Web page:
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World Bank against Salima-Lilongwe project

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The World Bank (WB) has warned the government against proceeding with the Lilongwe-Salima Water Project, citing severe economic downsides to the country.

This is in a leaked letter from WB Country Manager for Malawi, Eastern and Southern Africa region, Hugh Riddell, to the Ministry of Finance. It has been copied to several ministries and government departments.

However, WB officials in the country refused to comment on the letter, which reads in part: “I would like to confirm that a global World Bank team has been remobilised to work closely with the Lilongwe Water Board (LWB) and the Department of Water Resources to prepare [for] the project. As you are aware, the Diamphwe Dam and associated infrastructure is the most prominent investment under the project, in addition to a proposed comprehensive livelihood development programme.

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“We share your concerns over the urgency to address the water supply bottlenecks for Lilongwe City, which is the basis for our engagement in the Lilongwe Water Programme developed by the LWB.”

According to the letter, the programme includes a series of sequenced investments on the network, bulk water and institutional strengthening to enhance LWB’s service delivery capacity.

The programme prioritises the raising of Kamuzu Dam 1 and construction of a new dam on Diamphwe River, in addition to network upgrades to improve efficiency and reduce losses.

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The letter further states that, in accordance with prioritisation of investments listed in the Lilongwe Water Programme, the Salima- Lilongwe Water Project is not the most cost-effective way to increase water supply to Lilongwe at this time.

“Moreover, it would not [sic] be feasible nor optimal for Malawi to invest in both sources (Diamphwe and Lake Malawi) in parallel, as it would result in excess water put [ting] an extra burden on the financial systems of both the LWB and the Treasury, and risk non-compliance to the legal covenants under the existing projects that require LWB total revenues to be equivalent to not less than the sum of its total operating expenses; and debt service requirements.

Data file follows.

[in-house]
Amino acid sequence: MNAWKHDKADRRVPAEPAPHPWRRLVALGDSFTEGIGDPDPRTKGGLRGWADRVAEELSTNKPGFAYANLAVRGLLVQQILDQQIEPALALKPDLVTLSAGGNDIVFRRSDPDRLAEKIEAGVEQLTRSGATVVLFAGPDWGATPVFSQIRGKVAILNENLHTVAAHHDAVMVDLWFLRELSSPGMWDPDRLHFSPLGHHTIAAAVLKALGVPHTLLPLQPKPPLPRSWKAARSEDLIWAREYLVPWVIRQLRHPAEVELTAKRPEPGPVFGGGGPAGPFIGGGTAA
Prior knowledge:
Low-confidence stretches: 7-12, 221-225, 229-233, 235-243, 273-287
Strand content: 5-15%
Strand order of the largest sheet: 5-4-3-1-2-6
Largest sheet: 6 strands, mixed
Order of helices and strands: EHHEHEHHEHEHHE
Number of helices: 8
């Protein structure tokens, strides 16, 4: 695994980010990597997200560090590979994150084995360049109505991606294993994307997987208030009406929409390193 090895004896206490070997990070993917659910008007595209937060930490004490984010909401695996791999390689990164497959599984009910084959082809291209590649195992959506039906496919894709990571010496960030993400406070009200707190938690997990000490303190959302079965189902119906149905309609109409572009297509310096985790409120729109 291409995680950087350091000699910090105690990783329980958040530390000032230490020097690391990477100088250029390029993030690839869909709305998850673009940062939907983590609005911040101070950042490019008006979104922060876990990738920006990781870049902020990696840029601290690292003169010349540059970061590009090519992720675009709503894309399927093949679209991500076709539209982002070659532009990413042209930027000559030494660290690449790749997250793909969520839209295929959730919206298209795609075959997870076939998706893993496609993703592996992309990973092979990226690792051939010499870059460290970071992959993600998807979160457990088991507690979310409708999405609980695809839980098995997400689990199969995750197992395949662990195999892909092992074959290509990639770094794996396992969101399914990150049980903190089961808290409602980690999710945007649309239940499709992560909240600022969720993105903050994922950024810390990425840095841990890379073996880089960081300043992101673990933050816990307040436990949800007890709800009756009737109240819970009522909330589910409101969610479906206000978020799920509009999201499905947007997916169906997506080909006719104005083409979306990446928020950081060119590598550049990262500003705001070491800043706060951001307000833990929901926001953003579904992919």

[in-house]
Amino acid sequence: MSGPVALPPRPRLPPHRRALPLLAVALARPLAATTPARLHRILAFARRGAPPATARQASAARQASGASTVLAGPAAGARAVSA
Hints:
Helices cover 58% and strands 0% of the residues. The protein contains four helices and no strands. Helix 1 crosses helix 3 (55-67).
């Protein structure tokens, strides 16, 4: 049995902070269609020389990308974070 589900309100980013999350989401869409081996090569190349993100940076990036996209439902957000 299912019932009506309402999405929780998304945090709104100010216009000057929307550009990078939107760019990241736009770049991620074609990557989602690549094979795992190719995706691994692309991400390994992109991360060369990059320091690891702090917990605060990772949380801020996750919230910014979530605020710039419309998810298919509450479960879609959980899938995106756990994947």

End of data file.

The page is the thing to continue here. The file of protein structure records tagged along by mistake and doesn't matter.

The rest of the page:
“Given that Malawi is at high overall risk of public debt distress, avoiding the accumulation of non-concessional external debt or guarantees is critical to avoid worsening debt sustainability,” states the letter.

WB has been upgrading a $100 million Lilongwe Water and Sanitation Project in Lilongwe.

The Diamphwe Dam investments package was identified as the next priority intervention to complement ongoing investments and help LWB secure a water supply (150,000 cubic meters a day in total— doubling the current production capacity) for Lilongwe City up to 2045.

Khato Civils, a South African company, was appointed to implement the Salima–Lilongwe Project at K300 billion.

However, Khato Civils reduced project costs to K250 billion.

Khato Civils Chief Executive Officer Mongezi Munyani said their position on the issue was clear.

“We have a legal and binding contract with Malawi Government, through Lilongwe Water Board and it’s up to them to deal with the World Bank.

“We, as Khato Civils, cannot entertain such views as they are not directed to us but the government. I will, therefore, request that you approach the government in order to clarify their stance regarding the matter,” Mongezi said.

Two weeks ago, during a meeting with members of the Parliamentary Committee on Natural Resources, Munyani expressed dissatisfaction with how the government was handling the project.

And committee chairperson Werani Chilenga maintained that Parliament was more interested in the Salima- Lilongwe Water Project than the Diamphwe Water Project.

“Our recommendation to the government was that, due to scarcity of water in Lilongwe, the Salima- Lilongwe waterway is the best option because the Diamphwe Project would not be sustainable since we are failing to manage Dzalanyama Forest, where deforestation has reached its climax,” he said.

Chilenga feared that Malawians would end up regretting and going back to the Salima-Lilongwe Water Project.

Treasury spokesperson Williams Banda refused to comment on the WB letter, saying he had not yet seen the communication.

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